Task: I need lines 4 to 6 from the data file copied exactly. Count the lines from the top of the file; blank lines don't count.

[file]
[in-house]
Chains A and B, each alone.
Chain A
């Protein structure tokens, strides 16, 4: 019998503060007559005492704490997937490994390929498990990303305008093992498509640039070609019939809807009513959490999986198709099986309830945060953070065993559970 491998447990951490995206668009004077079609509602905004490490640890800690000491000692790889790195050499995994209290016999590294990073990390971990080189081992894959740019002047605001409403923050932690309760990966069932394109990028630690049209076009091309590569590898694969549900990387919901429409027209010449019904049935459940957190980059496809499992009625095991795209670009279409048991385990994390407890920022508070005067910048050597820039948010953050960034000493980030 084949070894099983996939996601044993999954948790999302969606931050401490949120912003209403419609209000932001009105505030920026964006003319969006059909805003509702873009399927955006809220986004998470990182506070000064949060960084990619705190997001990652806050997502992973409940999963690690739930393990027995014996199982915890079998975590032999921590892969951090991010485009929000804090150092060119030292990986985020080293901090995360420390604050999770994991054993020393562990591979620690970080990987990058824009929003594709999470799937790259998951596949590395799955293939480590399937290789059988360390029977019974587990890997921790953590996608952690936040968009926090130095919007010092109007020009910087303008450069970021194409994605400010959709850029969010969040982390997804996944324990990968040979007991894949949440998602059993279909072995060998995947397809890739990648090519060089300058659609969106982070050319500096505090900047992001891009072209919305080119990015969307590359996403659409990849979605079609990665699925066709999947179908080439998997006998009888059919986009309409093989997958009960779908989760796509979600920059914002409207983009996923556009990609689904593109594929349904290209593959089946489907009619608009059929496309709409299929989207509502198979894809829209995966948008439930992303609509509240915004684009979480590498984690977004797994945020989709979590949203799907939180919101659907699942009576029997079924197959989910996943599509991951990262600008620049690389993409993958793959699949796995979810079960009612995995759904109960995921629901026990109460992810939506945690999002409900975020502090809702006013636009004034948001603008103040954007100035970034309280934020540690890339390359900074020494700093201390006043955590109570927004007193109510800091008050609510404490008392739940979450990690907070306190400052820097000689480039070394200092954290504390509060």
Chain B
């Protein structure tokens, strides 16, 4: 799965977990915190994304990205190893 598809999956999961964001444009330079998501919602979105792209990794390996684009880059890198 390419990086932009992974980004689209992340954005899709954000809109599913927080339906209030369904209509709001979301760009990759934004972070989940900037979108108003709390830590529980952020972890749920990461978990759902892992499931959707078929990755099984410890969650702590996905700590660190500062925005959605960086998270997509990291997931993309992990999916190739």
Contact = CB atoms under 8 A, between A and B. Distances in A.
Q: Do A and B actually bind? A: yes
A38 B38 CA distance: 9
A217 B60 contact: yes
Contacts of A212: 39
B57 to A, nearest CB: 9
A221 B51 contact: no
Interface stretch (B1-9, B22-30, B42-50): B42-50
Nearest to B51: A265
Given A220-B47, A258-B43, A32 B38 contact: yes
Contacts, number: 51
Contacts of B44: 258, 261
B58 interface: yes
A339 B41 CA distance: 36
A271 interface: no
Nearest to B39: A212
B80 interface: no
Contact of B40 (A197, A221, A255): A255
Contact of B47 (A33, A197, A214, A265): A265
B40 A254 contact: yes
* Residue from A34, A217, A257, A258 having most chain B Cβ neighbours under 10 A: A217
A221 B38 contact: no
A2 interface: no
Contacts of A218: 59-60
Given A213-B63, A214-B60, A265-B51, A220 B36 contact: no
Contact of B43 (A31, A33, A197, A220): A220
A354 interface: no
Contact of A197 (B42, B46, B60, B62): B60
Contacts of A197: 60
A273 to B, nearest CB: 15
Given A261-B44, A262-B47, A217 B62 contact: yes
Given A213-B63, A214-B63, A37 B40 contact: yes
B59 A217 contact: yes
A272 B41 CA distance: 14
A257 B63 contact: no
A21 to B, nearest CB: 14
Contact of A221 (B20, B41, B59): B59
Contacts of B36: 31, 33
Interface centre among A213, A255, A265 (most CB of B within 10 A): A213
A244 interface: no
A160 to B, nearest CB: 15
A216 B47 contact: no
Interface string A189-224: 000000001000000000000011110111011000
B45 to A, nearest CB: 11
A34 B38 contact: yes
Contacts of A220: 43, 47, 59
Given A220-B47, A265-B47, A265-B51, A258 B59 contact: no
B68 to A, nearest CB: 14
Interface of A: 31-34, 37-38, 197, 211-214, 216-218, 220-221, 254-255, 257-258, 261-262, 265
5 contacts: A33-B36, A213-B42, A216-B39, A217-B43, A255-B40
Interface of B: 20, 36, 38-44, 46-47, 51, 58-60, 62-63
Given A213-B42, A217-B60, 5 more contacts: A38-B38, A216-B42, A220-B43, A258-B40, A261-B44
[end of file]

């Protein structure tokens, strides 16, 4: 019998503060007559005492704490997937490994390929498990990303305008093992498509640039070609019939809807009513959490999986198709099986309830945060953070065993559970 491998447990951490995206668009004077079609509602905004490490640890800690000491000692790889790195050499995994209290016999590294990073990390971990080189081992894959740019002047605001409403923050932690309760990966069932394109990028630690049209076009091309590569590898694969549900990387919901429409027209010449019904049935459940957190980059496809499992009625095991795209670009279409048991385990994390407890920022508070005067910048050597820039948010953050960034000493980030 084949070894099983996939996601044993999954948790999302969606931050401490949120912003209403419609209000932001009105505030920026964006003319969006059909805003509702873009399927955006809220986004998470990182506070000064949060960084990619705190997001990652806050997502992973409940999963690690739930393990027995014996199982915890079998975590032999921590892969951090991010485009929000804090150092060119030292990986985020080293901090995360420390604050999770994991054993020393562990591979620690970080990987990058824009929003594709999470799937790259998951596949590395799955293939480590399937290789059988360390029977019974587990890997921790953590996608952690936040968009926090130095919007010092109007020009910087303008450069970021194409994605400010959709850029969010969040982390997804996944324990990968040979007991894949949440998602059993279909072995060998995947397809890739990648090519060089300058659609969106982070050319500096505090900047992001891009072209919305080119990015969307590359996403659409990849979605079609990665699925066709999947179908080439998997006998009888059919986009309409093989997958009960779908989760796509979600920059914002409207983009996923556009990609689904593109594929349904290209593959089946489907009619608009059929496309709409299929989207509502198979894809829209995966948008439930992303609509509240915004684009979480590498984690977004797994945020989709979590949203799907939180919101659907699942009576029997079924197959989910996943599509991951990262600008620049690389993409993958793959699949796995979810079960009612995995759904109960995921629901026990109460992810939506945690999002409900975020502090809702006013636009004034948001603008103040954007100035970034309280934020540690890339390359900074020494700093201390006043955590109570927004007193109510800091008050609510404490008392739940979450990690907070306190400052820097000689480039070394200092954290504390509060």
Chain B
């Protein structure tokens, strides 16, 4: 799965977990915190994304990205190893 598809999956999961964001444009330079998501919602979105792209990794390996684009880059890198 390419990086932009992974980004689209992340954005899709954000809109599913927080339906209030369904209509709001979301760009990759934004972070989940900037979108108003709390830590529980952020972890749920990461978990759902892992499931959707078929990755099984410890969650702590996905700590660190500062925005959605960086998270997509990291997931993309992990999916190739």